Kenya’s request this week for a $740 million loan from the World Bank, of which American taxpayers remain the largest stakeholders, has sparked outrage as the African country continues to deny its financial woes and accept gigantic sums of money from China to fuel its role in Beijing’s ambitious Belt and Road Initiative (BR).
The loan request also comes after the country, which maintains it is not nearing bankruptcy, already borrowed $2.1 billion in another Eurobond, the Daily Nation reported Wednesday.
Despite claims that African country is solvent, the Central Bank of Kenya (CBK) indicated that the public debt was $50.4 billion. The country’s treasury secretary conceded most of the money cannot be accounted for, likely due to rampant corruption.
“How long will this reckless borrowing without accountability go on? The Jubilee government and their partners must now tell Kenyans the true level of their country’s indebtedness and the detailed terms and conditions around each debt. Kenyans have a right to know,” Amani Musalia Mudavadi, the leader of the National Congress opposition party, said.
In September 2018, “Kenya is one of the most heavily indebted countries, but President Uhuru Kenyatta” still travelled to Beijing to reaffirm his commitment to the multi-trillion-dollar BRI that has drowned several countries in debt to the benefit of China, which is cashing in on the natural resources and strategic assets used as loan collateral.
BRI is actively allowing Beijing to expand its financial clout and military ambitions across African and beyond.
Now, arguing that it is not broke, Kenya is turning to the World Bank for assistance following in the footsteps of cash-strapped Pakistan who is also reeling from its BRI participation.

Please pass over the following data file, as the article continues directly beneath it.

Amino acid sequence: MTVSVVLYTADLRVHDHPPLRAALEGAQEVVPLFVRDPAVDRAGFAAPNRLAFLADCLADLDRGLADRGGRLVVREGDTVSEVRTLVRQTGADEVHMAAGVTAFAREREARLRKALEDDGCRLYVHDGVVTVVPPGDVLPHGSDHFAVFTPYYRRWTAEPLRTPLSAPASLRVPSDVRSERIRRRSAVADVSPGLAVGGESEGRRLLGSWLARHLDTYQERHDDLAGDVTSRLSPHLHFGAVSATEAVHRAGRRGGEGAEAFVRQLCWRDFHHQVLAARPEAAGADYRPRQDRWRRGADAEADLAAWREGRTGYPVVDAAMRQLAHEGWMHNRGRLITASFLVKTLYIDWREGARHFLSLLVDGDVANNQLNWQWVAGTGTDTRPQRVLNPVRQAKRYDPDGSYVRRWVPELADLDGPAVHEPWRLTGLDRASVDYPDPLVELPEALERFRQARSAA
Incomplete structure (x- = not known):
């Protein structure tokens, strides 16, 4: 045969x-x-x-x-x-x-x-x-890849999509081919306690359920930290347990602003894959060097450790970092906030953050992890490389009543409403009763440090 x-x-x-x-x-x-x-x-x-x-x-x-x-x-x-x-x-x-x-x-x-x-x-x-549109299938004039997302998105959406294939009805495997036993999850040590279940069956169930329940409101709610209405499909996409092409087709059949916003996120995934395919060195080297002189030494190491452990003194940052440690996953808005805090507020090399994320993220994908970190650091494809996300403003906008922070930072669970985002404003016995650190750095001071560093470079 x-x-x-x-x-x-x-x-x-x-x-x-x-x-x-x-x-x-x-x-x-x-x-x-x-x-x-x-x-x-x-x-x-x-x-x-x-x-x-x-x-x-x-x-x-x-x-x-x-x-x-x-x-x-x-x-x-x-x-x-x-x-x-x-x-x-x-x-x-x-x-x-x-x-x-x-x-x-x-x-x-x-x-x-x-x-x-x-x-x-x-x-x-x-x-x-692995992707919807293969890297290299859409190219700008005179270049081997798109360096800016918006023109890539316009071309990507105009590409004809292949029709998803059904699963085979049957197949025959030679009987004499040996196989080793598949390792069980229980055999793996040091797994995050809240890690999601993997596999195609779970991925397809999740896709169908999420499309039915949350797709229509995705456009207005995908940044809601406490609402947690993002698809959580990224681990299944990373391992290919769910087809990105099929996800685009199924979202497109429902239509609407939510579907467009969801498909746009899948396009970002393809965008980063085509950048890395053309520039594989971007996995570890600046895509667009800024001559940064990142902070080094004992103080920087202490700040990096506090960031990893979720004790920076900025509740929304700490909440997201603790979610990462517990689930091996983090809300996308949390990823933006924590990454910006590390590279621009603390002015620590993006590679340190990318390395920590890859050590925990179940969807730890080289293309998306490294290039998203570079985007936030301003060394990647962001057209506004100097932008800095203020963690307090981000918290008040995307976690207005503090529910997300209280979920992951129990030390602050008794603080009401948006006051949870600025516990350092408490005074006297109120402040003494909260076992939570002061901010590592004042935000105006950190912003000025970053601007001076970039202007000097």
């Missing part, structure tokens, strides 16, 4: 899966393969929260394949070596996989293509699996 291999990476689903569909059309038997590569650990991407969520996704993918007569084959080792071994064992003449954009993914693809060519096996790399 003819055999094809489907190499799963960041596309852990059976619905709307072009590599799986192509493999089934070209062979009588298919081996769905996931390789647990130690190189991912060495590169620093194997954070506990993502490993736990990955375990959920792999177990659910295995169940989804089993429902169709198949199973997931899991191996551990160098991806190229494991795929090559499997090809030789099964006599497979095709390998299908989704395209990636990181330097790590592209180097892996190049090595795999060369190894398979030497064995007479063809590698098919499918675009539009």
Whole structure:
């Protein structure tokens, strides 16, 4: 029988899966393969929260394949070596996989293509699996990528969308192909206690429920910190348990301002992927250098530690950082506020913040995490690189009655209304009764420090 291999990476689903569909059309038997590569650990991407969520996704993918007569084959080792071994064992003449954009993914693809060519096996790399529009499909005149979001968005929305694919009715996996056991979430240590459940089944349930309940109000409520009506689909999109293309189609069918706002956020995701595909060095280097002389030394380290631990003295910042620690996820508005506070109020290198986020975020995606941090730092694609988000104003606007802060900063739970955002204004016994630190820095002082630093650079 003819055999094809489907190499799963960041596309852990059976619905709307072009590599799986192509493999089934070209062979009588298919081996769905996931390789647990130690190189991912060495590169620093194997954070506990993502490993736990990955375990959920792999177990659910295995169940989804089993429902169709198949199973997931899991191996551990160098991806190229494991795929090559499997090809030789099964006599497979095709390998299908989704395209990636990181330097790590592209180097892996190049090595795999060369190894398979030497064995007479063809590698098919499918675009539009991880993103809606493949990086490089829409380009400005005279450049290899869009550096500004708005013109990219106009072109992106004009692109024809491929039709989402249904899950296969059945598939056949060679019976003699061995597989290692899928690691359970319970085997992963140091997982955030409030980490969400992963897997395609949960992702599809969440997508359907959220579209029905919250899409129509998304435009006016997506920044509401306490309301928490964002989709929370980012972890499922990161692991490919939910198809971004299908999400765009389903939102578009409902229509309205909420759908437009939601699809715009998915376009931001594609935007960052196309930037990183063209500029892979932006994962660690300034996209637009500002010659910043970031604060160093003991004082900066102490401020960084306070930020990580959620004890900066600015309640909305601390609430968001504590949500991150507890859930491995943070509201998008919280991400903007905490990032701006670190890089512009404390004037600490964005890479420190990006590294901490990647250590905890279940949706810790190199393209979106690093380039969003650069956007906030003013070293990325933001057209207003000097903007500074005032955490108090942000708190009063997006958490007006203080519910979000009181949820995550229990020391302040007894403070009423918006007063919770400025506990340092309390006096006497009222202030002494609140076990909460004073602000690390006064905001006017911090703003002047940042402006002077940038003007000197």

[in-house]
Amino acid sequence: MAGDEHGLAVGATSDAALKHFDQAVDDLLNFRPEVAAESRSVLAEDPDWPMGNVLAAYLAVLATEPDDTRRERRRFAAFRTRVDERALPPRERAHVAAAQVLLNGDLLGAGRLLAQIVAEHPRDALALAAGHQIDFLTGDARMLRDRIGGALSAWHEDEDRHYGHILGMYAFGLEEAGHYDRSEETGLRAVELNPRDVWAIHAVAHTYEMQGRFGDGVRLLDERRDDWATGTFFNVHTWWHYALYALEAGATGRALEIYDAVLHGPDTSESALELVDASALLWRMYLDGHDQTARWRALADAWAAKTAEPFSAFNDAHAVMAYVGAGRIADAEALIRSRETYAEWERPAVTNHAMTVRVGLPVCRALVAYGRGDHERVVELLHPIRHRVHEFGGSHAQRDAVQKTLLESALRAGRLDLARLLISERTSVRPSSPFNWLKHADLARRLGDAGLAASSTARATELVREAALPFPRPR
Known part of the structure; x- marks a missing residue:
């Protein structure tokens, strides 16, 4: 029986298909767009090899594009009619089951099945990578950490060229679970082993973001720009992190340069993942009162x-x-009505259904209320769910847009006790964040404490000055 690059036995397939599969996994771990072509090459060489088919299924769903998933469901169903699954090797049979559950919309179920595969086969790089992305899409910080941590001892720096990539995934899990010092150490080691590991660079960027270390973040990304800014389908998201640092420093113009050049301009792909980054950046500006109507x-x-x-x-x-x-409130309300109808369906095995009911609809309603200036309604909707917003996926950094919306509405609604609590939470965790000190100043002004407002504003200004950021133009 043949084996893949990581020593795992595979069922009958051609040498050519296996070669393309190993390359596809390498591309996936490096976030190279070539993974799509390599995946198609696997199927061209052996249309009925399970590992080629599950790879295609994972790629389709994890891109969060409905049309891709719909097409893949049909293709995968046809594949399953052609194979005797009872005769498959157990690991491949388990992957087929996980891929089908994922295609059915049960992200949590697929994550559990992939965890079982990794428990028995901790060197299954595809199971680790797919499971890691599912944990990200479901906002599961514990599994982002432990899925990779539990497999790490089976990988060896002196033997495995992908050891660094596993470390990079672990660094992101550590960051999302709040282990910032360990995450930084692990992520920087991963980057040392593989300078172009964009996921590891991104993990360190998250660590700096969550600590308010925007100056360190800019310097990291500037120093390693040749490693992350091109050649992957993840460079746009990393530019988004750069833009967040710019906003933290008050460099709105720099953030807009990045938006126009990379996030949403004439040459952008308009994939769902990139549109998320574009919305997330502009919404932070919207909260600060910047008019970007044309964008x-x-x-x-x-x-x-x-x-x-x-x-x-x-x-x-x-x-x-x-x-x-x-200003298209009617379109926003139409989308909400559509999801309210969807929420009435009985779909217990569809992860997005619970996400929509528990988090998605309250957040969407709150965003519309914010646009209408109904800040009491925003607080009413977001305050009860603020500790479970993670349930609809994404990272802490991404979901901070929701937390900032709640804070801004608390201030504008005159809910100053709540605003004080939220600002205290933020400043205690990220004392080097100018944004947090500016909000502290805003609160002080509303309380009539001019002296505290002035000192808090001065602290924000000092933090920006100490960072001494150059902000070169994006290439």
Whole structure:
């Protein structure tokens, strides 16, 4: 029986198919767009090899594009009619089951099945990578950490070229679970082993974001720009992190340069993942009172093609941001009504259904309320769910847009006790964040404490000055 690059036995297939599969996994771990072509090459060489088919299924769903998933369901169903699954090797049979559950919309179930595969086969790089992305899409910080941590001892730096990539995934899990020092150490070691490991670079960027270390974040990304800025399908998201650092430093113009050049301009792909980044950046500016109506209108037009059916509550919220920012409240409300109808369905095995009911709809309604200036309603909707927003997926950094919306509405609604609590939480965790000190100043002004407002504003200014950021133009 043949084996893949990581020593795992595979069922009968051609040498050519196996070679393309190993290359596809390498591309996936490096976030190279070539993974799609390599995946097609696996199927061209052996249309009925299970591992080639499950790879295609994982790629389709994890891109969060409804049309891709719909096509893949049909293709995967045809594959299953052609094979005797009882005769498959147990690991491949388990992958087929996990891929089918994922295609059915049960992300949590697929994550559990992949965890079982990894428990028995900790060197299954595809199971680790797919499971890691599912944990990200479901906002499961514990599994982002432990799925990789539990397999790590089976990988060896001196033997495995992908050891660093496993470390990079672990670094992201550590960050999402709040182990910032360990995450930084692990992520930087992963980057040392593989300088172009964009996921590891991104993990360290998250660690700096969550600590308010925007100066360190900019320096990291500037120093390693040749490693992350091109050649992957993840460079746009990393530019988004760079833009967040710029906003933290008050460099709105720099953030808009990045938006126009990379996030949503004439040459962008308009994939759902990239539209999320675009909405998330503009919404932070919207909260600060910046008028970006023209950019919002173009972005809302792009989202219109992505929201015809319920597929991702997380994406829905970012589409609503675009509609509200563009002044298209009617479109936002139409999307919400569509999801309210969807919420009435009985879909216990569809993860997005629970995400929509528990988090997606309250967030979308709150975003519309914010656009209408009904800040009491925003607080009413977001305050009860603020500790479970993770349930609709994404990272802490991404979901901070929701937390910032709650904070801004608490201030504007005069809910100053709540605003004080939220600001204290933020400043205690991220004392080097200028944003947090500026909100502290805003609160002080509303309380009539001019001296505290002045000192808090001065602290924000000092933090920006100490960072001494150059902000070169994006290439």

U.S. President Donald Trump’s administration has accused China of using its BRI as an instrument to disseminate “predatory lending practices” or “debt traps” across Africa to undermine borrowing countries’ sovereignty with loans collateralise with natural resources or strategic asset collateral.
Following Sri Lanka, where China already seized a strategic port over its inability to repay, Kenya has surfaced as another poster child for Beijing’s debt trap diplomacy.
A leaked report that came to light at the end of last year revealed that Kenya promised China parts of its Mombasa Port as collateral for financing a $3 billion railway the African country built from the port to Nairobi.
The governments of both China and Kenya deny the report’s claims.
Kenyan Treasury Cabinet Secretary Henry Rotich said that the World Bank has yet to make a decision on the African country’s request of $740 million.
The secretary reportedly claimed that the funds will be used to pay for agriculture, universal healthcare, manufacturing, and housing sectors.
Kenya’s World Bank loan request reportedly comes days after Kenya borrowed [$2.1 billion] in another Eurobond.
Kenya’s World Bank loan request is similar to one solicited from the International Monetary Fund (IMF) by cash-strapped Pakistan this year. American taxpayers are the top IMF contributors.
Some U.S. lawmakers expressed concerns the Pakistani loans would be used to repay debts to China incurred through the BRI, prompting
Some Kenyan areas are accusing China’s Belt and Road Initiative of mainly relying on tens of thousands of Chinese workers, cheap imports undercutting local companies, Chinese companies exploiting natural resources and strategic assets, and projects benefiting elites more than local population who will ultimately have to foot bill.
Once borrowing countries are unable to pay, China can take over some of the collateral, increasing its economic and potentially military posture to the detriment of U.S. interests.